Michigan Black Hills Spruce
It is readily identified by its dark green needles and drooping branchlets. Trees have dark green crown with a triangular shape. Needle retention is considered poor unless the trees are cut fresh and kept properly watered.
North Carolina Fraser Fir
This variety has become the most popular Christmas Tree in America because of it's plush, silvery blue look & excellent needle retention. The branches keep there shape when hanging heavier ornaments. They have a pleasant scent, and excellent shipping characteristics as well.
Michigan Blue Spruce
Often used for stuffing pine-pillows, these sharp needles are 1 to 1 ½ in. in length. This species is bluish-gray in color. Needles have an unpleasant odor when crushed. This Christmas Tree has good symmetrical form and an attractive blue foliage. It also has good needle retention and has the heaviest, thickest branches of any Christmas Tree to be used with heavy ornaments, lots of lights and decorations.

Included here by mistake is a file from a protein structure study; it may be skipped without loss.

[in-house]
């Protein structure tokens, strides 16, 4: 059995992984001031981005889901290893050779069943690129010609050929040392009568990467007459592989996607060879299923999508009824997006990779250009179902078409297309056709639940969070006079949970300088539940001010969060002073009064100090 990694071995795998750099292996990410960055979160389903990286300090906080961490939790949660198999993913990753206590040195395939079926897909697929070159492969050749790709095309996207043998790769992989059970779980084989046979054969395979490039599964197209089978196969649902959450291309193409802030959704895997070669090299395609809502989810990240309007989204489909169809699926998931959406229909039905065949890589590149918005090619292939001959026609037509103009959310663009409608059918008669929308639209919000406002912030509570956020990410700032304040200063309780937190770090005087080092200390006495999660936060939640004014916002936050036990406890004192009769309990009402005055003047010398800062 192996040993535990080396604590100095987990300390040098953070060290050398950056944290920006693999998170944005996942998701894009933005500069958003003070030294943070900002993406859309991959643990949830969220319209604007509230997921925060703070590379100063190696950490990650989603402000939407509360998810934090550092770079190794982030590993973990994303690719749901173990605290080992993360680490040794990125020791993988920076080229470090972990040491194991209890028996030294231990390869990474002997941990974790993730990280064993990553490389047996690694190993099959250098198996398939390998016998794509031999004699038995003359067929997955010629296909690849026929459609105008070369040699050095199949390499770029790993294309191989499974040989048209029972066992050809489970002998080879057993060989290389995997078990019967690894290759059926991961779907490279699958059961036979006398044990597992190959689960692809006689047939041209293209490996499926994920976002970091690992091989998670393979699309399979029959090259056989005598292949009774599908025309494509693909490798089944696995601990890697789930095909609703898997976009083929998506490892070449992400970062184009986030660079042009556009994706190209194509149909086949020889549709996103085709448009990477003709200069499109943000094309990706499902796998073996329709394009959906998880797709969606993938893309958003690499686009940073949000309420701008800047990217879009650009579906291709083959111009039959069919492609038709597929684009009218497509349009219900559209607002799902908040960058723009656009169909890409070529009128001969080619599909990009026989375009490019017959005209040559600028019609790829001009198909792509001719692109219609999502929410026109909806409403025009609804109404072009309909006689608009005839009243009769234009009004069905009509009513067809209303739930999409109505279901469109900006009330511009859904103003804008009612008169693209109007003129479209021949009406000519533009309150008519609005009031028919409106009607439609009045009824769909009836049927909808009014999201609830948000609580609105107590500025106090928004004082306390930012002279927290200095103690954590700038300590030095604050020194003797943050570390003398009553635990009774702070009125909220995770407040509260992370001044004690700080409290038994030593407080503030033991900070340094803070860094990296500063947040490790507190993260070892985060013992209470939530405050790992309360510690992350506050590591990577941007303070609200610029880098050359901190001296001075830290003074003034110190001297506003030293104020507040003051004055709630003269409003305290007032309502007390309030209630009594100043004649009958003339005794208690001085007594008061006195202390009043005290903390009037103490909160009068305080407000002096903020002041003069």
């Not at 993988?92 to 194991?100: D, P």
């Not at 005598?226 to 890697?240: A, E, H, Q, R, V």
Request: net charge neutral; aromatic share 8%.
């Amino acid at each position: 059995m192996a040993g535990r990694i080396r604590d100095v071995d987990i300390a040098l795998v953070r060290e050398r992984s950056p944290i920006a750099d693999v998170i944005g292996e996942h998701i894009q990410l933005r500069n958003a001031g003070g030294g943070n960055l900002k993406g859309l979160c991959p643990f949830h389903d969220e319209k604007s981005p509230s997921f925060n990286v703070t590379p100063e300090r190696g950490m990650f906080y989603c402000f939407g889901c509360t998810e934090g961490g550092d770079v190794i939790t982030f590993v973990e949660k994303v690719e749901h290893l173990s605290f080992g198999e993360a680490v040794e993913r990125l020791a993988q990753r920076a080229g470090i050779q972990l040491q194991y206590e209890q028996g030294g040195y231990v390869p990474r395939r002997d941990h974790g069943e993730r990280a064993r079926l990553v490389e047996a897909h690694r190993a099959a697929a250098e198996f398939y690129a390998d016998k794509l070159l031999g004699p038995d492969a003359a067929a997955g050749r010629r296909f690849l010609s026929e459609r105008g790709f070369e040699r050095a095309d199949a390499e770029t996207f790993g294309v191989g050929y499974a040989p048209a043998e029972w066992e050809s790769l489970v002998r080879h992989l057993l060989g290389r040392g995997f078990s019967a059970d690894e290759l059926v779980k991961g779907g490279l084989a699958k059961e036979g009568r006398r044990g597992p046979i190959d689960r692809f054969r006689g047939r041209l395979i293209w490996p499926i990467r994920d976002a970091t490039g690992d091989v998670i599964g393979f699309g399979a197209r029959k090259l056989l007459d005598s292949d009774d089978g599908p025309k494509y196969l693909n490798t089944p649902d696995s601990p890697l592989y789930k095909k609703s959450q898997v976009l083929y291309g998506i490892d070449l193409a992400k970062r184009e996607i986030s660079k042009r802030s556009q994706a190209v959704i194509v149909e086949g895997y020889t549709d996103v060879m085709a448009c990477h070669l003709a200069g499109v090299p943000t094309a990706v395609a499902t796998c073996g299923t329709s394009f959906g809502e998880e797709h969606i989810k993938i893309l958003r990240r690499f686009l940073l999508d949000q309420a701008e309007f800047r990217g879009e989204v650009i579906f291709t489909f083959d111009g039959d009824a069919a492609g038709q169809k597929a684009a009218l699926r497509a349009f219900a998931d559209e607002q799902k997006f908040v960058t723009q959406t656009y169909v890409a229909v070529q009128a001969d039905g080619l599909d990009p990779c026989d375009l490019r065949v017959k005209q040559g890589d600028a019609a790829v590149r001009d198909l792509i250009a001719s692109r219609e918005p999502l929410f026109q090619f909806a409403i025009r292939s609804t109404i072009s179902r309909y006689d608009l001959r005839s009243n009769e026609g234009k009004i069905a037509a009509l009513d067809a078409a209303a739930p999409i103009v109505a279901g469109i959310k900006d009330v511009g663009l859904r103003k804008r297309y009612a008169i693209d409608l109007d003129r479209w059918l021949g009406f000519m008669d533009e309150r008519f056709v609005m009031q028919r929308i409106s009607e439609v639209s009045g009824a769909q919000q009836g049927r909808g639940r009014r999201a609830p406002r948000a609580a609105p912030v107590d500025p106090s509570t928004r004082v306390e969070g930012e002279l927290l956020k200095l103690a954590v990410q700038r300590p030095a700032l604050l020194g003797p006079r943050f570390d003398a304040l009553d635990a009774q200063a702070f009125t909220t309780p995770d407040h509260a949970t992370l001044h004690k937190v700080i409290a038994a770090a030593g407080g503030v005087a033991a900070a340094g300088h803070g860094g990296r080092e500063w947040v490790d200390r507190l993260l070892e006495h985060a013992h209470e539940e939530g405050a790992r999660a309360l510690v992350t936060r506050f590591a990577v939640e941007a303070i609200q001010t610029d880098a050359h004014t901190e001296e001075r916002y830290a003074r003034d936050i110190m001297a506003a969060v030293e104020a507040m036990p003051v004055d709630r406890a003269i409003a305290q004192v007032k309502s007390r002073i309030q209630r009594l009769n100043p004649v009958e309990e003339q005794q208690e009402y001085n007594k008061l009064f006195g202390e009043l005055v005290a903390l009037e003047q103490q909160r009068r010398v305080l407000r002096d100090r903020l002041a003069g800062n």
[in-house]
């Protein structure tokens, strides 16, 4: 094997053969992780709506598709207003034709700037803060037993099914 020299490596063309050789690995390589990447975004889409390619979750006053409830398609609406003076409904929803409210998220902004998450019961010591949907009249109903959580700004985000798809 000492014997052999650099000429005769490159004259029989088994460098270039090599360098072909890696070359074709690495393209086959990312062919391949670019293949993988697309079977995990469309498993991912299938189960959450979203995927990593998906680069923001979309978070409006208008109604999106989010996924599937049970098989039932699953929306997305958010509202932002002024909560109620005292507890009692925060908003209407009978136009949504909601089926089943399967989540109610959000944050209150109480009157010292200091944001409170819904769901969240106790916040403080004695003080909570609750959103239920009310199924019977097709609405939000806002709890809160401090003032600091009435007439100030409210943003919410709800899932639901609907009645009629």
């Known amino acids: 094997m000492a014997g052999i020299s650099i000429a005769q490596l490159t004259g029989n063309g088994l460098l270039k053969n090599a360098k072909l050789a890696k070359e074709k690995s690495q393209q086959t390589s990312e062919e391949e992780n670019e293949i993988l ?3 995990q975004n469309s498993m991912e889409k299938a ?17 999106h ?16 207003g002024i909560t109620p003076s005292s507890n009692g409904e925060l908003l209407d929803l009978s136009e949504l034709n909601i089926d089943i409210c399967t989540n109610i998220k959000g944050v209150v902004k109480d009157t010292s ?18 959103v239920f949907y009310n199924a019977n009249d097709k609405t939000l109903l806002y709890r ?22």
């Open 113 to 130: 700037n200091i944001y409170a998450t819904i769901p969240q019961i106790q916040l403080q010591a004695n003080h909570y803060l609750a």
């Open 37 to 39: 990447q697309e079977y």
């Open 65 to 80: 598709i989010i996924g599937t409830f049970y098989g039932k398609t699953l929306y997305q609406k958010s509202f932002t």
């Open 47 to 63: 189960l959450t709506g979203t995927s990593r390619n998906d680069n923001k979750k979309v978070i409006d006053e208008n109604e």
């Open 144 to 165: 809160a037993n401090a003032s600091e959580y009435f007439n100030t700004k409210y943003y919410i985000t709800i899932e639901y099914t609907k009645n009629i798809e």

Oregon Douglas Fir
These soft needles are dark green to blue green in color and are approximately 1 to 1 ½ in. in length. Douglas-fir needles radiate in all directions from the branch. When crushed, these needles have a sweet fragrance. They are one of the top major Christmas tree species in the U.S.
Michigan White Pine
The largest pine in the U.S., the white pine has soft, flexible needles and is bluish-green in color. Needles are 2½ - 5 inches long. White pines have good needle retention, but have little aroma. They aren't recommended for heavy ornaments.
Oregon Noble Fir
These needles turn upward, exposing the lower branches. Known for its beauty, the noble fir has a long keepability, and its stiff branches make it a good tree for heavy ornaments, as well as providing excellent greenery for wreaths and garland.